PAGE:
There was a rustle in the bush up ahead and I froze in my tracks. The bush rustled again and I thought there must be a snake in it. Snakes scared me even before, but now one had actually bitten me. It was some poisonous kind and I nearly died. Only someone who’s been bitten at least once by a venomous snake can appreciate how much a person who’s been bitten comes to fear this slithery creature. He starts seeing snakes everywhere, and I too began to see one in this dry bush. This desolate area had two paths. The one I was walking on was wide and level, with bushes running along both sides, and my suspicious eyes saw snakes in each and every one. I looked over at the other path. It was altogether barren and rugged, but there were far fewer bushes on it and they were scraggy. I turned onto that path and continued on.
After some distance, that path also split into two, one path had shrubs and vegetation, the other was quite bleak. This happened several times and each time I took the bleak and dreary path. It seemed evident that the paths with vegetation were the main ones and led to some settlement or settlements, but the dreary ones must lead somewhere too. Ever since my snakebite, strange notions sometimes assailed my mind, but such notions, I was told, were common among snakebite victims. On this occasion I fancied that these desolate paths would eventually take me to my destination—where that is only God knows—and that’s why I avoided taking the paths that were lush and green.
So far I had not come across anyone on these paths. But now, as I turned onto another one, I saw a man walking along the same stark, bleak path. He was walking very slowly and clearly appeared to be quite tired. Finally, he plunked himself down on the ground. As I approached him, I too began to feel tired and sat down close to him. After I removed the bag from my shoulder and set it on the ground, I turned to him. “Where are you coming from?”
He named some town.
“What do you do there?” I asked.
“I beg.” He gave me the answer I was expecting from a man of his appearance.
“And where do you live?”
He pointed down the bleak path in front of him and said in a tired voice, “Dustland.”
“You don’t get alms in Dustland?”
“I do. But not when the season of dust storms arrives,” he said and fixed his gaze on the horizon. “When a storm sweeps in, the whole place is covered in dust.”
“Dust storms?” I said.
“It rages all day long. Everyone stays indoors. In the evening, when it stops, people venture out, start cleaning up and then get busy with their work. I leave the house very early in the morning and return at night after the storm has subsided. Today, however, the beggars back there are on strike so I’m returning to Dustland.”
I wasn’t interested in his problems: who begged and who gave alms in Dustland at nighttime.
He had started gathering his tattered gear. “What color is the dust storm?” I asked.
“Earth-colored,” and he again looked toward the horizon. “It’s coming.”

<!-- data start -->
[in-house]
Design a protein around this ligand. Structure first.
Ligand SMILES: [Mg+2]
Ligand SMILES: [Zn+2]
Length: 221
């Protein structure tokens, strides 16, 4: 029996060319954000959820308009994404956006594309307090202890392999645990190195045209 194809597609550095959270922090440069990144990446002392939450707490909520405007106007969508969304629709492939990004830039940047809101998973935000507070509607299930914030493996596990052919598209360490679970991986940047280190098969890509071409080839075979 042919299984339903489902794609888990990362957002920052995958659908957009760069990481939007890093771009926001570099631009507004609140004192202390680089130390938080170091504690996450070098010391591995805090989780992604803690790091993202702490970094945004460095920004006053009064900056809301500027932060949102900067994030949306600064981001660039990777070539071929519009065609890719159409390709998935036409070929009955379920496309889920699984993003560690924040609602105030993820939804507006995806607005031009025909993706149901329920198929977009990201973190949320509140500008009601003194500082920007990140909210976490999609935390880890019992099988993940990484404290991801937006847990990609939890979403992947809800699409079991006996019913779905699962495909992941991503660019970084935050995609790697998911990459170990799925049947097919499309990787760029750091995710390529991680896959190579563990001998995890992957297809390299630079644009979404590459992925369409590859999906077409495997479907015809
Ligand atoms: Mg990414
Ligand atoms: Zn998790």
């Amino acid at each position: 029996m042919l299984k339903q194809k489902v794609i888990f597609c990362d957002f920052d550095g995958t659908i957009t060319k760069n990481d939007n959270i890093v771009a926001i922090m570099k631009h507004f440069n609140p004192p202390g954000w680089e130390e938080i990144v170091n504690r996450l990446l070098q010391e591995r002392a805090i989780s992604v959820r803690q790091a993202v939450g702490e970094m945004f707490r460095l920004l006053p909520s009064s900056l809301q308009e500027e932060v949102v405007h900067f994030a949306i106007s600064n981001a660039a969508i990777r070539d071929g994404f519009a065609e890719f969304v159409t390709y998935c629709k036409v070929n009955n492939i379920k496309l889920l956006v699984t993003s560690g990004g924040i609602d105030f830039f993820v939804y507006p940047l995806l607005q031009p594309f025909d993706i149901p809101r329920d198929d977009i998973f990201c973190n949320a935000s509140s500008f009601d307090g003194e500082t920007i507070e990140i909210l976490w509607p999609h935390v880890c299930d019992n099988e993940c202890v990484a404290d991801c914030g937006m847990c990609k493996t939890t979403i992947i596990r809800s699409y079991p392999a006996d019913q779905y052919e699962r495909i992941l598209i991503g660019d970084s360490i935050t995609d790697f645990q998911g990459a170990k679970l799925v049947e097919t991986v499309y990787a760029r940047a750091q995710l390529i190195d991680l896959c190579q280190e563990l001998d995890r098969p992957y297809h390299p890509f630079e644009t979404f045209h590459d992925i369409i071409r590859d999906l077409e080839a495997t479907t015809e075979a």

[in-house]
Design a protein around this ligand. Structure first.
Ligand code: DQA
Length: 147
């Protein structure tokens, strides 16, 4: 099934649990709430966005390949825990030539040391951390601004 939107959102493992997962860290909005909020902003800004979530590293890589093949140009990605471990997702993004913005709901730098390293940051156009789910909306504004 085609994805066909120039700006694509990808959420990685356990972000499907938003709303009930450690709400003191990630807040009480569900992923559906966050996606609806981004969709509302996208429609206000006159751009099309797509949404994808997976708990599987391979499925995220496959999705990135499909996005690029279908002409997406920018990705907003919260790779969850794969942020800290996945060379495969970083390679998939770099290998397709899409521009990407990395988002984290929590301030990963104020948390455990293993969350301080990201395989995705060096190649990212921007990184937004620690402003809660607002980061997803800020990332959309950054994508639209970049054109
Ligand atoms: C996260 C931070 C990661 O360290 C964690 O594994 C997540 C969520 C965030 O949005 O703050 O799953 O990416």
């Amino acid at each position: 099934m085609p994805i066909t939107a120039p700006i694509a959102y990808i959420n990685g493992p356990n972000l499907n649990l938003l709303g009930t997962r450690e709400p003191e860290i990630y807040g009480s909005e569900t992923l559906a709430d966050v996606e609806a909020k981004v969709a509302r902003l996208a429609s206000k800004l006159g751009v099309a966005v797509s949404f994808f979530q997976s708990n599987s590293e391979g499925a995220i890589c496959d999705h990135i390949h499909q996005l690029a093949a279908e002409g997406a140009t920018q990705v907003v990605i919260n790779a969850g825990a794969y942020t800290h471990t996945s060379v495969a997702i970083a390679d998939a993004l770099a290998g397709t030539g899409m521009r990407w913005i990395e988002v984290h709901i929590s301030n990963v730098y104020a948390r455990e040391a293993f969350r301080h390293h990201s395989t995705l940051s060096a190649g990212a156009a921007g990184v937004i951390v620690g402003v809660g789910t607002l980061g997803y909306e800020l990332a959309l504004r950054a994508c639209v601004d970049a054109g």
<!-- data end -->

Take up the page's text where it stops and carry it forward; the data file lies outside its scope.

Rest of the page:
He got up. As he started walking, I asked, “Is there some place in
Dustland where out-of-towners might stay?”
“The Big House,” he said. “If you’re going there too, then get moving.”
“You go ahead. I’ll come shortly.”
Of course, how could he know that dust storms fascinate me. Since childhood I could never stay put inside the house during a storm. I would go out and let the whole of it pass right over me. In my city, colored storms also used to appear. A black storm, which would scare everyone, was my special favorite. The darkness would sweep over everything in sight. And I believe, at the onset, stars could actually be seen shining in the darkening sky. My family tried to keep me from venturing out, but there was no way I could stay inside. During the red and yellow storms I even went out and watched the landscape changing color. At those times it seemed as if a bright light had spread over the entire world. A yellow storm was the only one that scared me a little because one time I heard human voices along with it—or perhaps it was just my imagination.
Neither black nor red nor yellow dust storms come though my area anymore. Ordinary dust storms blow through occasionally and during those I still go traipsing about.
Trudging forward in the dim light, I saw the beggar moving farther ahead, and at the same time I also noticed that in the distance an earth-colored haze had begun spreading.
“An earth-colored storm,” I thought. I’d never seen such a storm until today. I let it come over me. Before long my entire body was coated. It looked as if someone was dumping baskets filled with dust on top of me. Now dust was flying all over the place and the light had become dim. Trudging through this muted light, I found the settlement a short distance away, but prior to that my feet got caught several times in small potholes and I nearly tripped. These weren’t natural potholes; rather, they looked like pits that had been dug for small graves.